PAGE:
Polish authorities proposed an amnesty for some political prisoners today as part of a legal package introduced in parliament that paves the way for the lifting of martial law expected Friday.
It pardons all women, persons under 21 years of age and those serving sentences of less than three years for martial-law offenses, politically motivated crimes or strike or protest actions. Those serving more than three years will have their sentences cut in half.
Dampening hopes that a more liberal political era might follow in Poland, the government of Gen. Wojciech Jaruzelski also introduced a "special regulations" bill that would extend for 2 1/2 years tough controls on labor, curtail academic freedoms, suspend features of Poland's economic reform and put off indefinitely the development of independent trade unions.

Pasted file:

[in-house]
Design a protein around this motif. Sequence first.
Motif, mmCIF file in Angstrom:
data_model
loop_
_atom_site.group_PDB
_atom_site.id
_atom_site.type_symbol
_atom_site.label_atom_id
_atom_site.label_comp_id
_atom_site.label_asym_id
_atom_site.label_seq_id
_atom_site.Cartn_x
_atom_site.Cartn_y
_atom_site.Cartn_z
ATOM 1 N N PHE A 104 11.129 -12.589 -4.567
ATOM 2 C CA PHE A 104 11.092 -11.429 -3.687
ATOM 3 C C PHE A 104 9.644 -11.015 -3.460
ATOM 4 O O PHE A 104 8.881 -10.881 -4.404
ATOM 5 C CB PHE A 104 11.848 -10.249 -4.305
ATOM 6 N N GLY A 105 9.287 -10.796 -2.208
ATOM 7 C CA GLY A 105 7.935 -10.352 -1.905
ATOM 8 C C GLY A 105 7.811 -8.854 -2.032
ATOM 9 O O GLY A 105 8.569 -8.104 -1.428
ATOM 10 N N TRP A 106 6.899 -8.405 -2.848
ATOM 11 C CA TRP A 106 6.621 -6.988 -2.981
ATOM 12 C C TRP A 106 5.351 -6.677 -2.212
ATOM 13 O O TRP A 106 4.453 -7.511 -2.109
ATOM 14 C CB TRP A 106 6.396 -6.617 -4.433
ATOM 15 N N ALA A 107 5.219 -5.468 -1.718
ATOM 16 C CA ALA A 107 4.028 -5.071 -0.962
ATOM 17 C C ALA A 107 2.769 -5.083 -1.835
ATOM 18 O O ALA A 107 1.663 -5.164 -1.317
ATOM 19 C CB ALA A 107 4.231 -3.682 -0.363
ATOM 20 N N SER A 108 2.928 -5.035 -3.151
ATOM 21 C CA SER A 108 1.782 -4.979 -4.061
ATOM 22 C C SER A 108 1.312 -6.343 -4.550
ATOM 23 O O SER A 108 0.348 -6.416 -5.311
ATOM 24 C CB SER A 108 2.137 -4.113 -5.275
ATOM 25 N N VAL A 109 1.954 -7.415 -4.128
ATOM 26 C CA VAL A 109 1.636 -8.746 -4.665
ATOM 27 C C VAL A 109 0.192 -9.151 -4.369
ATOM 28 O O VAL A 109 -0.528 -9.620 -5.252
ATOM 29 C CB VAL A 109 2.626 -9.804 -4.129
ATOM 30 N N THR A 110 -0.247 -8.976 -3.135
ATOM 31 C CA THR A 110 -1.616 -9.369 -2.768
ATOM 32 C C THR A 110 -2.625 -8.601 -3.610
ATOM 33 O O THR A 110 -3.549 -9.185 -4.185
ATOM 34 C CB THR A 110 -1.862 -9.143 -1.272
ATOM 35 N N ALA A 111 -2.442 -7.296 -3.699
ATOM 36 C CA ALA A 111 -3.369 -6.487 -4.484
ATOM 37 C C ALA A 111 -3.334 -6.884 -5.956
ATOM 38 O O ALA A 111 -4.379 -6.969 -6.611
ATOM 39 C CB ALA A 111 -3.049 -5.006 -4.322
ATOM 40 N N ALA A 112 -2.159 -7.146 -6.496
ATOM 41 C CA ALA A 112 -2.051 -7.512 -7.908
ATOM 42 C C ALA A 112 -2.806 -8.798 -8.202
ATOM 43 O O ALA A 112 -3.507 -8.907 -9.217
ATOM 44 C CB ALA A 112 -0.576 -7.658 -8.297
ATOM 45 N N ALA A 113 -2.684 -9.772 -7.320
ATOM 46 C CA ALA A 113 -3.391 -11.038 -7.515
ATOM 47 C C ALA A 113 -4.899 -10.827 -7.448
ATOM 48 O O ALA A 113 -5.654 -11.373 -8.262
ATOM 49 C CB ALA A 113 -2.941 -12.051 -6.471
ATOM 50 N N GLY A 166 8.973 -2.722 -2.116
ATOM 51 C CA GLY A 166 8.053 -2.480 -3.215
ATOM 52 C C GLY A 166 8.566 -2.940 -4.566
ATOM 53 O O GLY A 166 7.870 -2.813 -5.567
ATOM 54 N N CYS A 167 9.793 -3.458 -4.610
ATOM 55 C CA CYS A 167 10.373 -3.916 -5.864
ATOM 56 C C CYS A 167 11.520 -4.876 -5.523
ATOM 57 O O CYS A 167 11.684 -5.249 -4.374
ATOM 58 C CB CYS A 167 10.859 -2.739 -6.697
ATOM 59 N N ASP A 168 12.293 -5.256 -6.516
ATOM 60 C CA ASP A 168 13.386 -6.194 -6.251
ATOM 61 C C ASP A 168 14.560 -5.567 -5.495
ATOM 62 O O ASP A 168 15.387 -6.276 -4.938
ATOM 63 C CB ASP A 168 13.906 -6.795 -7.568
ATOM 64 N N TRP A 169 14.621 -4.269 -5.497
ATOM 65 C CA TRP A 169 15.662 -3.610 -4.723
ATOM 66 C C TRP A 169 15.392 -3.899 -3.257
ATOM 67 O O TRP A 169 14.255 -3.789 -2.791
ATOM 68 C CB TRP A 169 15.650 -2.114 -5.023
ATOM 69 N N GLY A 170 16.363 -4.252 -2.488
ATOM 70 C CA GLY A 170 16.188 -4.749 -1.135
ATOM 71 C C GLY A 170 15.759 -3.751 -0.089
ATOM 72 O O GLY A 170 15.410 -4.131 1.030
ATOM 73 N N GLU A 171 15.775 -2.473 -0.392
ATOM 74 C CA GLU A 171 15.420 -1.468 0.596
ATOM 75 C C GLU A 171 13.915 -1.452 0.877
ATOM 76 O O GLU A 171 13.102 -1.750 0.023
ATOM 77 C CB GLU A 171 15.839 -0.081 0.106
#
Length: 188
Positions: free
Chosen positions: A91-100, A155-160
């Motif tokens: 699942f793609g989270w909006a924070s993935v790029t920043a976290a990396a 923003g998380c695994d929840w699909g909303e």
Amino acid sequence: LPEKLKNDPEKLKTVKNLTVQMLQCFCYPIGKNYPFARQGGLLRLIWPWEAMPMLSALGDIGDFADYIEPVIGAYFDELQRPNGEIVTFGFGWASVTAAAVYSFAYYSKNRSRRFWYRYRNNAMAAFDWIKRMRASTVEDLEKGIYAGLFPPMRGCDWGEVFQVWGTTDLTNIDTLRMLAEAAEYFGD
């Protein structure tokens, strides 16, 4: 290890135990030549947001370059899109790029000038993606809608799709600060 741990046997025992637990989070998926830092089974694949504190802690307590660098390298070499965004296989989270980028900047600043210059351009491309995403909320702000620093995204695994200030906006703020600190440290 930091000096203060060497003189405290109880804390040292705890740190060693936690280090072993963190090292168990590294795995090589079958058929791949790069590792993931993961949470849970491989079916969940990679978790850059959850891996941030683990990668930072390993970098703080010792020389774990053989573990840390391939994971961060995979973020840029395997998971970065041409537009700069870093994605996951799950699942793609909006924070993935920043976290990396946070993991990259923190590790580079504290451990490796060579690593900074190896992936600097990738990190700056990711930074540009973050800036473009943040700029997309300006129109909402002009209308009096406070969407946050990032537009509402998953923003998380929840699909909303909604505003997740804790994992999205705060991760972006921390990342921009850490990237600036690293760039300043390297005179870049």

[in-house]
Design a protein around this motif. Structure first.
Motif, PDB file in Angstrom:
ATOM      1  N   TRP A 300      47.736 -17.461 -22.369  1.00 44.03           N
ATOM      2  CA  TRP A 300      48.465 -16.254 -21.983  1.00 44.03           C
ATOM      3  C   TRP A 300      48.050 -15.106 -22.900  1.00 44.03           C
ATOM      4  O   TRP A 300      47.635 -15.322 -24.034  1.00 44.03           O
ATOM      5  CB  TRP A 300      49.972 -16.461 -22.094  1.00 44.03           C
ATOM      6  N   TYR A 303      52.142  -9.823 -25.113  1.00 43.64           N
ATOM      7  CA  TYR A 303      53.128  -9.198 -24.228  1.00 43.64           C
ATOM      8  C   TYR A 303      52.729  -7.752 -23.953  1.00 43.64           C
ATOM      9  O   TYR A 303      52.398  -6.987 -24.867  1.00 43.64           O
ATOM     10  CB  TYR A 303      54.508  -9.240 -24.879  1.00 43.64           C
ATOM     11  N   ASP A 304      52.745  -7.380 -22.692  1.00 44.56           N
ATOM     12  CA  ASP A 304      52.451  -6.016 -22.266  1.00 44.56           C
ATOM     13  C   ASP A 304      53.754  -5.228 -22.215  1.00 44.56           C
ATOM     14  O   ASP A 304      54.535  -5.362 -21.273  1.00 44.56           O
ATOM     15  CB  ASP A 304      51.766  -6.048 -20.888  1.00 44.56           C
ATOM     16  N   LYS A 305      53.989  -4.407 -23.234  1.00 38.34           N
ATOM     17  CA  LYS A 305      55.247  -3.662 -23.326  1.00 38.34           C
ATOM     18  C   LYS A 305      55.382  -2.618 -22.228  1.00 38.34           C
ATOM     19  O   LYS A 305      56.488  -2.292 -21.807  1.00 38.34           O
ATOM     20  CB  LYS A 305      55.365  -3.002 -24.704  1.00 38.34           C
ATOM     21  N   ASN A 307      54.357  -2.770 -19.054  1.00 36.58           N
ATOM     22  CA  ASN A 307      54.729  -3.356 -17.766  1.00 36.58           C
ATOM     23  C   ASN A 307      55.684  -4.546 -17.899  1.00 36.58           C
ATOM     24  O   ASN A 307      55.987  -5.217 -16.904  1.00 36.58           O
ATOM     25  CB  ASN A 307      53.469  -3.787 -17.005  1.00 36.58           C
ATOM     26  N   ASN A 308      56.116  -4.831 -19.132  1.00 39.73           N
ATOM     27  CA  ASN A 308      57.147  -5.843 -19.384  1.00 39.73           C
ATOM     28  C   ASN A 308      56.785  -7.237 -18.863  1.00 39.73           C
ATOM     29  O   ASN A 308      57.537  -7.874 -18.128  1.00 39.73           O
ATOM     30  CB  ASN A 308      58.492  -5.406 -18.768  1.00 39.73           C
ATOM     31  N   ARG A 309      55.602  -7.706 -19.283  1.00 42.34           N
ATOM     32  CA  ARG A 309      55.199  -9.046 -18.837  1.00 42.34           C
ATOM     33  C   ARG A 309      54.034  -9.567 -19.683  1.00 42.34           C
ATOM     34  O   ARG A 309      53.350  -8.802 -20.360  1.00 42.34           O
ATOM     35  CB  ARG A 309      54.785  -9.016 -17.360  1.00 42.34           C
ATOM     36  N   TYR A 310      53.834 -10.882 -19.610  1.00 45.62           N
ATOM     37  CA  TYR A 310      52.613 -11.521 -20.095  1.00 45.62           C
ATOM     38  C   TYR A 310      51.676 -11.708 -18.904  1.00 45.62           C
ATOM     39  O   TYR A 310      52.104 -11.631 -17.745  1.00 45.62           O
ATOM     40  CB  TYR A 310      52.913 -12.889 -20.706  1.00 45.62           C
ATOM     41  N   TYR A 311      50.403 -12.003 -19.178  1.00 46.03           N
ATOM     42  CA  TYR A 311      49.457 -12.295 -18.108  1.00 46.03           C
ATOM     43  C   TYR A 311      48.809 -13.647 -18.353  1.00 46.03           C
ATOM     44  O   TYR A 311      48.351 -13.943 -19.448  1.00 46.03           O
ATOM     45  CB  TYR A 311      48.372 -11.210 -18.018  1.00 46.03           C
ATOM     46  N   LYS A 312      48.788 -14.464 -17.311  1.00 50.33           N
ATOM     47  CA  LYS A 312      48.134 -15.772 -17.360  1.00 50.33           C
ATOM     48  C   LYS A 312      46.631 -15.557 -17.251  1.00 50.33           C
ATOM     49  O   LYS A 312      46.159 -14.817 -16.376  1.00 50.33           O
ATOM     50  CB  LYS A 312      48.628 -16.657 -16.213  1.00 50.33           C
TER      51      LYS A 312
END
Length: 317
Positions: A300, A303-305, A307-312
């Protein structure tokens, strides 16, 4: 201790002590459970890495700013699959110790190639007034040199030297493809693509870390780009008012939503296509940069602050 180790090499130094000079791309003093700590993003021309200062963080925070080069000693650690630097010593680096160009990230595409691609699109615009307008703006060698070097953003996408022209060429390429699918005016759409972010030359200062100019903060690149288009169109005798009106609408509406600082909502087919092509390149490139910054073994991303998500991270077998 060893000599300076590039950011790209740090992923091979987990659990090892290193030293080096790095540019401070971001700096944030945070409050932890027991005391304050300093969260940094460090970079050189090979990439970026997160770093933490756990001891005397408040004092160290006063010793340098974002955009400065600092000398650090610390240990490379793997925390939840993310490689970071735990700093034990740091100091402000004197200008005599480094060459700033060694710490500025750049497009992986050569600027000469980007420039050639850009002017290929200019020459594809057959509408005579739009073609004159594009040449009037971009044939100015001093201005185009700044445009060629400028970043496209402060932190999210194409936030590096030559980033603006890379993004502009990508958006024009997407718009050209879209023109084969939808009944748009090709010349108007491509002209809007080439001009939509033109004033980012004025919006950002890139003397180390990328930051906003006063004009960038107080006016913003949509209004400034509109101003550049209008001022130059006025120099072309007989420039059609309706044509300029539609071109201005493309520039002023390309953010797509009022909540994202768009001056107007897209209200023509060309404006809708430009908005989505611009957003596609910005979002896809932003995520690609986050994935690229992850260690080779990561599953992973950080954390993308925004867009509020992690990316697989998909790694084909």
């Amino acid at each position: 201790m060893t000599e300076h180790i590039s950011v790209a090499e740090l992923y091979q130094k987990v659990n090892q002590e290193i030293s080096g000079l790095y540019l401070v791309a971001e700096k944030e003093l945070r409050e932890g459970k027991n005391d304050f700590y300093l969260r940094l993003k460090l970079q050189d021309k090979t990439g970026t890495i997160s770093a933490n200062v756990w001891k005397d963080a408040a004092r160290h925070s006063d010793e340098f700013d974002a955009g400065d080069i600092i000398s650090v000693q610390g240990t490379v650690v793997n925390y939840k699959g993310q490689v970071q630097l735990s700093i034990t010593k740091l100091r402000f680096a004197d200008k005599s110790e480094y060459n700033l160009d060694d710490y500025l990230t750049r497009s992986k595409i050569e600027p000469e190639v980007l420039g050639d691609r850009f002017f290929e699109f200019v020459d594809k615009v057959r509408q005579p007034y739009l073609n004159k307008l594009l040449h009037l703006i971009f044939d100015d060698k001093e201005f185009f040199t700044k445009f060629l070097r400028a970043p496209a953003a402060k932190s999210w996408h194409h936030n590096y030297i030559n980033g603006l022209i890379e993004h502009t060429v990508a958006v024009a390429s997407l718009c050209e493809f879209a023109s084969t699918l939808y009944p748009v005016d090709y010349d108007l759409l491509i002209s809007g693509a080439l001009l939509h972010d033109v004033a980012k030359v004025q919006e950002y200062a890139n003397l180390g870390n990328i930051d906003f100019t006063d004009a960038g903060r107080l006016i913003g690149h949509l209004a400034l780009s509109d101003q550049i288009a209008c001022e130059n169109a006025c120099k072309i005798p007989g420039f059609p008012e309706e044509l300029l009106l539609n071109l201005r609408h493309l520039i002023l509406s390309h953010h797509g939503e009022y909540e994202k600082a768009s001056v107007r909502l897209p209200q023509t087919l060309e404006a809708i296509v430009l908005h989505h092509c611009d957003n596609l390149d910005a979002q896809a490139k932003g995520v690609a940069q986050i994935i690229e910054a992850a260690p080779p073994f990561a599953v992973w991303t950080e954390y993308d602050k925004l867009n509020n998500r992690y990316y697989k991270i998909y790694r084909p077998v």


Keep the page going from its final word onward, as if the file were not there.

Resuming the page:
Deputy Justice Minister Tadeusz Skora, speaking about the proposed amnesty, told reporters tonight that of the 195 in prison for martial-law offenses, about 60 would remain locked up after the amnesty. He said another 460 are being held in detention pending trial, but he could not say how many of them would be freed under the amnesty bill.
A senior government official said, however, that the conditions of the amnesty exclude a number of hardcore Solidarity activists from being released--among them, seven top former union leaders and five leaders of the dissident Committee for Social Self-Defense (KOR) who face charges of antigovernment activity.